Canadian pastor imprisoned for more than two years in North Korea returns home

Associated Press
Rev. Hyeon Soo Lim who was imprisoned in North Korea for more than two years - REUTERS

A Canadian pastor who was imprisoned for more than two years in North Korea arrived back home Saturday.

Hyeon Soo Lim was serving a life sentence of hard labor in North Korea for alleged anti-state activities, but was released last week on what the North Korean government described as sick bail.

His son, James Lim, said it was surreal to see him again after living in fear over what might happen to him.

James Lim said his dad was extremely grateful to the Canadian government. He said his father was resting at home and looked forward to going to his church's Sunday service and meeting with the community after so long.

"Now more than ever, he's never felt more Canadian," the son said.

Canadian Prime Minister Justin Trudeau sent national security adviser Daniel Jean to North Korea to seek Rev Lim's freedom.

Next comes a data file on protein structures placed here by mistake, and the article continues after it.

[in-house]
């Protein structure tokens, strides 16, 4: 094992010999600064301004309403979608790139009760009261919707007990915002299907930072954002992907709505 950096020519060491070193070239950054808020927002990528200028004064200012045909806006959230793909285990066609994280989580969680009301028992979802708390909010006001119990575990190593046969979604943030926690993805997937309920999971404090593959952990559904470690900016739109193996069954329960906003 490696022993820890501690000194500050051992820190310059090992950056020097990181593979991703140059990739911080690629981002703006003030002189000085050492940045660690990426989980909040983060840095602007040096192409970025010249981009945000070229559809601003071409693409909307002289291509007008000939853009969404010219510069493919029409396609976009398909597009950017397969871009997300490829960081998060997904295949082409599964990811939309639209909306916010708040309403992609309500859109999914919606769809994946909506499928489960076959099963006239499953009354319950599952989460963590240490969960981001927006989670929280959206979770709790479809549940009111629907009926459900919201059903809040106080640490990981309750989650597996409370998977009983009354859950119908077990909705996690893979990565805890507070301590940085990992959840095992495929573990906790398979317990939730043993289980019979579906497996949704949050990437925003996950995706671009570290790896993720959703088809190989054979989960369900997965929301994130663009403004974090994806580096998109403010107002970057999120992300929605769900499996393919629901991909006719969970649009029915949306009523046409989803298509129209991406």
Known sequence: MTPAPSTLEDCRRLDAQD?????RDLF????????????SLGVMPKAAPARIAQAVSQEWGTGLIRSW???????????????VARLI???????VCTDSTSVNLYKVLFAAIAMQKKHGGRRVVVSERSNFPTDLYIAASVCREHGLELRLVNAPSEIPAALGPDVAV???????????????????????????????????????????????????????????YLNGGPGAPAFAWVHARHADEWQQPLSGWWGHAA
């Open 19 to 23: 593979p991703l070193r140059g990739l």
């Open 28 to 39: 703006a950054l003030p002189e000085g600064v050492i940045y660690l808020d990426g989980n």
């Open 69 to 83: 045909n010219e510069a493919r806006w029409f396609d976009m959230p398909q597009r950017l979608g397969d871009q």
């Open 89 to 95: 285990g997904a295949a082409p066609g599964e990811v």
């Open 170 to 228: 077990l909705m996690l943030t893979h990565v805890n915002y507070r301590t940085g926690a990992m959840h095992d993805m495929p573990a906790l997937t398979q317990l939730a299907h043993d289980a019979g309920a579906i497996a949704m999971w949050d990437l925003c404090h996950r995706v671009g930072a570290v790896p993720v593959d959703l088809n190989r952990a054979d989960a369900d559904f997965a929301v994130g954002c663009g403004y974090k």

James Lim, the son of Rev. Hyeon Soo Lim, speaks to the media Credit: Chris Young/AP

 Rev Lim, a 62-year-old South Korean-born Canadian citizen, was convicted and sentenced in 2015 for allegedly trying to use religion to destroy the North Korean system and helping U.S. and South Korean authorities lure and abduct North Korean citizens.

South Korea, the U.S. and others often accuse North Korea of using foreign detainees to wrest diplomatic concessions, and foreigners have said after their release that their declarations of guilt were coerced while in North Korean custody.

Lim's release came nearly two months after U.S. college student Otto Warmbier died shortly after he was released from North Korea in a coma. Mr Warmbier had been sentenced to 15 years of hard labor in March 2016 after being accused of stealing a propaganda poster.

Lim is pastor at the Light Korean Presbyterian Church in Toronto. His supporters have said he was on a humanitarian mission to North Korea when he was detained.

Canada does not have diplomatic offices in Pyongyang and relies on Sweden to handle consular issues.

At least three Americans and six South Koreans remain in custody in the North.

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